# Binary Decision Diagrams and VLSI Verification

[in progress : I’ll put up the solution after Nov 28. I have to submit it as assignment so can not take the risk of being copied or so.]
These days simulation is the most prominent technique for verification. However, simulation can only cover a part of all cases possible thus simulation does not guarantee that certain properties will hold everywhere in the system. For example, any complex asynchronous boolean circuit with 100 variables will have 2100 combination. Not everyone can afford verifying all these combination with computers using simulation. Only a handful of companies like Intel can afford to do so with thousands of C.P.U. running in parallel verifying a chip design or testing a chip before sending it to foundry. If you are a smaller company, then you have to make sure that you hire smart people who can break down a larger problem into smaller one. Partitioning a large system into smaller one is an art and requires a lot of experience and eyes for details though there are few techniques available such as expander graphs and matroids etc.
A good techniques which widely used these days is temporal logic model checking . In this method the system being verified is modeled as finite state transition system and by exhaustively exploring the model, we check whether property holds or not. The biggest advantage using this is, if some property does not hold on this system then a witness (counterexample) is produces. This helps a lot in improving and correcting the design.
Now we are going to consider a real time example to show how to use this method. Consider the following VHDL description of an state machine with two architecture. This was given to us as an assignment at IIT Bombay by Prof. M. P. Desai. I am not sure which of his Teaching Assistant wrote it. Anyway this entity of FSM has two architecture, one_hot and encode. Our job is to verify that both of them are equal without using the simulation.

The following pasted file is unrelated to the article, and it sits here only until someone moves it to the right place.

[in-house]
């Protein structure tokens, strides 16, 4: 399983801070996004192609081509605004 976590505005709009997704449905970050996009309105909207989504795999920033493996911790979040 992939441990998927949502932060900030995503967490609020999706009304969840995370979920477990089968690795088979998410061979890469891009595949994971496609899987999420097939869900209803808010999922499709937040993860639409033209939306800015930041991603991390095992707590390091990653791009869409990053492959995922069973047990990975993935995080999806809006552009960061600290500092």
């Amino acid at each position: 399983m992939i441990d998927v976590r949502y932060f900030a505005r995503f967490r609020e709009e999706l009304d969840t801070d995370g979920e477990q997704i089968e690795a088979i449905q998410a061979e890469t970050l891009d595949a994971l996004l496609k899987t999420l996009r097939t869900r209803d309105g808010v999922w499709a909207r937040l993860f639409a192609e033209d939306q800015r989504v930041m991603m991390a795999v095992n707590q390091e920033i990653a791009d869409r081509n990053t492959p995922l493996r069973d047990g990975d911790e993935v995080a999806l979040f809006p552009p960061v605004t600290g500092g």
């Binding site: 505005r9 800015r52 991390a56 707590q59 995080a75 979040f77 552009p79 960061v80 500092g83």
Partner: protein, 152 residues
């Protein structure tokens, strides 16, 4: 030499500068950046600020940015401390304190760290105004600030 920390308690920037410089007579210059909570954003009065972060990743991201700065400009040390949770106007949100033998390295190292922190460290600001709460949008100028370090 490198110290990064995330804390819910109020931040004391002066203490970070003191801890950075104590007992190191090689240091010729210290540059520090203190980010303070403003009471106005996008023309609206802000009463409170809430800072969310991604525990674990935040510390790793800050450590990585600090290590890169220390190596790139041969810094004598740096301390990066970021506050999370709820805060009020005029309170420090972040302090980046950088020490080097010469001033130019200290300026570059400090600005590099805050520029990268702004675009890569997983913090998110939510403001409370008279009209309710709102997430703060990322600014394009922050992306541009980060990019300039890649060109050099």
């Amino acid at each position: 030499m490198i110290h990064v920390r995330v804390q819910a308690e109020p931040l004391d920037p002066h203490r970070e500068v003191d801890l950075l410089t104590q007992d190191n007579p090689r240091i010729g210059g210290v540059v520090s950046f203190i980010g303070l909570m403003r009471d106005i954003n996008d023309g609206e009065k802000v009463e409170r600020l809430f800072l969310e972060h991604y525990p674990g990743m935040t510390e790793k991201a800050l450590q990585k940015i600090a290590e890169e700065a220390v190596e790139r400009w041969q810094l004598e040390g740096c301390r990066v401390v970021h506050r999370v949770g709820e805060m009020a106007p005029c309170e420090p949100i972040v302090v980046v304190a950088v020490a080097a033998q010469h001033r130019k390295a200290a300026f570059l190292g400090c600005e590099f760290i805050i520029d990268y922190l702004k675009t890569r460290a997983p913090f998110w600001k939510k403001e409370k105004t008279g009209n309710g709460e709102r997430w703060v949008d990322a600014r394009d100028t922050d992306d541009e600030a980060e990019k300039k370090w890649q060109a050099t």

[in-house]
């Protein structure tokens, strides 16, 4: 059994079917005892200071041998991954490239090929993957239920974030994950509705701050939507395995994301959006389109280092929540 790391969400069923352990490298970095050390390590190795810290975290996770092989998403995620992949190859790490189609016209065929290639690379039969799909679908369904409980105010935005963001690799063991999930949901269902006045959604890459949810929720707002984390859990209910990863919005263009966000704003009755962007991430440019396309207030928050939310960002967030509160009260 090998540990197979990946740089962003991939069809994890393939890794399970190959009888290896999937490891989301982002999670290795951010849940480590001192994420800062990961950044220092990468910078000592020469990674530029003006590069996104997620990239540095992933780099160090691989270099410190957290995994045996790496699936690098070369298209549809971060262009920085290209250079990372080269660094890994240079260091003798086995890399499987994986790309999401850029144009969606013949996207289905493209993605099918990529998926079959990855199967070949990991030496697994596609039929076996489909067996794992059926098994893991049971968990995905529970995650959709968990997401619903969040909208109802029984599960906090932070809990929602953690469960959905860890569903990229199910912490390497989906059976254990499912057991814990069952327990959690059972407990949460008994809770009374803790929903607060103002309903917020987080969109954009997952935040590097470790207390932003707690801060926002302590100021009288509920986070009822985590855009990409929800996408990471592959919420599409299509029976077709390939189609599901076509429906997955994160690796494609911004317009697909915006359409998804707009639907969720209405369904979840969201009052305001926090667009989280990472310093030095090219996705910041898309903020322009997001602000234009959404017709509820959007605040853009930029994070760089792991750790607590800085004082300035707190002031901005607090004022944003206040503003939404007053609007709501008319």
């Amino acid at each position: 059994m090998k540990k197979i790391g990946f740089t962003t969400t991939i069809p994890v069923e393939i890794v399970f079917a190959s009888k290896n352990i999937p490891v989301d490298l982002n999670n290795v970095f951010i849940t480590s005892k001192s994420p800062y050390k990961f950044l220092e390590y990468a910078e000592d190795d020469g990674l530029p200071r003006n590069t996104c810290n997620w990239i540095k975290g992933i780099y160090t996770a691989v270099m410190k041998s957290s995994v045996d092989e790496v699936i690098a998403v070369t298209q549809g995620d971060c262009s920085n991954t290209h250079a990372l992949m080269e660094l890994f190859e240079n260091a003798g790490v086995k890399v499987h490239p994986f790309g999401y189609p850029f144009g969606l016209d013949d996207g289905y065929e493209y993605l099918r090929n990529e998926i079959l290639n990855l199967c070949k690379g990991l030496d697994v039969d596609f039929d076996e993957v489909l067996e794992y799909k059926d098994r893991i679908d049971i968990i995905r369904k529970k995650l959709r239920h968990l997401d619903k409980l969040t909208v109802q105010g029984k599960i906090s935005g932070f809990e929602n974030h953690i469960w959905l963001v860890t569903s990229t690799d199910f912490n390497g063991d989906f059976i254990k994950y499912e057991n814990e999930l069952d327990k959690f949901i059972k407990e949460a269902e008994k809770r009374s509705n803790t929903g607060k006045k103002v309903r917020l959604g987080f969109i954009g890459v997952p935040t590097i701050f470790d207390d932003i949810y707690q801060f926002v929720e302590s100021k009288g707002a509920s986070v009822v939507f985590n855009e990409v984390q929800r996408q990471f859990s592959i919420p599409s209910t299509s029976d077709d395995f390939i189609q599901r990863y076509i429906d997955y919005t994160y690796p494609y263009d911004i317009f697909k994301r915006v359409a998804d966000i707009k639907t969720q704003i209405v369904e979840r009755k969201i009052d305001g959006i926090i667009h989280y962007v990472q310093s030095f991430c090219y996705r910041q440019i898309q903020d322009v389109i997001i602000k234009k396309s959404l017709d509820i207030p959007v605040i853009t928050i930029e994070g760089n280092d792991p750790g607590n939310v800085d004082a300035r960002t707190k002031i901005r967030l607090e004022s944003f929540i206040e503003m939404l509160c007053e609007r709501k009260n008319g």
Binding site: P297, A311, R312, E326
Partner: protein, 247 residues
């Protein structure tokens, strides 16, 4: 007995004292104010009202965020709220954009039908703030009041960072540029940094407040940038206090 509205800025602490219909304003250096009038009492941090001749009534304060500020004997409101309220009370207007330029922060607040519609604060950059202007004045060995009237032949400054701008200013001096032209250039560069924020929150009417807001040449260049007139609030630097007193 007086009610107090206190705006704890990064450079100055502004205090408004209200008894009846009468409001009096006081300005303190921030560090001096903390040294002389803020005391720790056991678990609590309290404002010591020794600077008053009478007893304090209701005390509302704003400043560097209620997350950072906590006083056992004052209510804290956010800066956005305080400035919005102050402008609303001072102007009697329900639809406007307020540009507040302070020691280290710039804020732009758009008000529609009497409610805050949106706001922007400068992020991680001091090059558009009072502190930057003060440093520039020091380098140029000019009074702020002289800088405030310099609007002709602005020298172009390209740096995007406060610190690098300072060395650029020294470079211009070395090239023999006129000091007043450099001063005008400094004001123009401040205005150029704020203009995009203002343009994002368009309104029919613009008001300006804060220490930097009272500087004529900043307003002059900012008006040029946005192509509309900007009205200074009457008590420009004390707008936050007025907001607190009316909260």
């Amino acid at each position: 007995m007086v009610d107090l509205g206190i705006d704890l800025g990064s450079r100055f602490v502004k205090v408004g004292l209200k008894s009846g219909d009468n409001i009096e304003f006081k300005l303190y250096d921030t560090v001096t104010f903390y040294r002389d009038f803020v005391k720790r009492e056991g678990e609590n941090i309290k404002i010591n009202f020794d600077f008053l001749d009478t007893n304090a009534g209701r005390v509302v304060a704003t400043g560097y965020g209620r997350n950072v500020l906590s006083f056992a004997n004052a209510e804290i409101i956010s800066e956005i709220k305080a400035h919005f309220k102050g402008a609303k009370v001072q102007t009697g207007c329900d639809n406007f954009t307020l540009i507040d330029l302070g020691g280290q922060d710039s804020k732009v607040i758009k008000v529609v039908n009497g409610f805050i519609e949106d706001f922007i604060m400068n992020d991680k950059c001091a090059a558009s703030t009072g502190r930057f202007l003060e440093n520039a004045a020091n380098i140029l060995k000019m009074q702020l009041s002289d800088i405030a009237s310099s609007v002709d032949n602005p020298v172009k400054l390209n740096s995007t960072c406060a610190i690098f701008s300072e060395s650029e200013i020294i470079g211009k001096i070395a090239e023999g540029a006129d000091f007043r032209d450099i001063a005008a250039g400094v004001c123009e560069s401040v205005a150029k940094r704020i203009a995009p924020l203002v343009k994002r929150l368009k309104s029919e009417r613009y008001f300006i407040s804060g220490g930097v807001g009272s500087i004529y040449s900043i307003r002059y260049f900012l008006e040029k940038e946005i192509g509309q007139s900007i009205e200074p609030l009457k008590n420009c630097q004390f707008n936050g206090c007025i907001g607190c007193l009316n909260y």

[sourcecode language="css"]
— entity fsm has two architectures
entity fsm is
port (up, down: in bit;
done: out bit;
clock: in bit;
reset: in bit);
end fsm;
— this is the first.
architecture one_hot of fsm is
signal state_sig: bit_vector(3 downto 0);
begin
process(clock,up,down,state_sig)
variable next_state: bit_vector(3 downto 0);
variable done_var : bit;
begin
done_var := ‘0’;
if(reset = ‘1’) then
next_state := (0 => ‘1’, others => ‘0’);
else
if(up = ‘1’) then
— rotate left by 1
next_state := state_sig(2 downto 0) & state_sig(3);
if(state_sig(3) = ‘1’) then
done_var := ‘1’;
end if;
elsif (down = ‘1’) then
— rotate right by 1
next_state := state_sig(0) & state_sig(3 downto 1);
else
next_state := state_sig;
end if;
end if;
done <= done_var;
if(clock’event and clock = ‘1’) then
state_sig <= next_state;
end if;
end process;
end one_hot;
— this is the second
architecture encode of fsm is
signal state_sig,state_sig_p1, state_sig_m1: bit_vector(1 downto 0);
begin
state_sig_p1(0) <= not state_sig(0);
state_sig_p1(1) <= state_sig(0) xor state_sig(1);
state_sig_m1(0) <= not state_sig(0);
state_sig_m1(1) <= state_sig(1) xor (not state_sig(0));
process(clock,up,down,state_sig,state_sig_p1,state_sig_m1)
variable next_state: bit_vector(1 downto 0);
variable done_var : bit;
begin
done_var := ‘0’;
if(reset = ‘1’) then
next_state := (others => ‘0’);
else
if(up = ‘1’) then
next_state := state_sig_p1;
if(state_sig(1) = ‘1’ and state_sig(0) = ‘0’) then
done_var := ‘1’;
end if;
elsif (down = ‘1’) then
next_state := state_sig_m1;
else
next_state := state_sig;
end if;
end if;
done <= done_var;
if(clock’event and clock = ‘1’) then
state_sig <= next_state;
end if;
end process;
end encode;
[/sourcecode]

Scroll to Top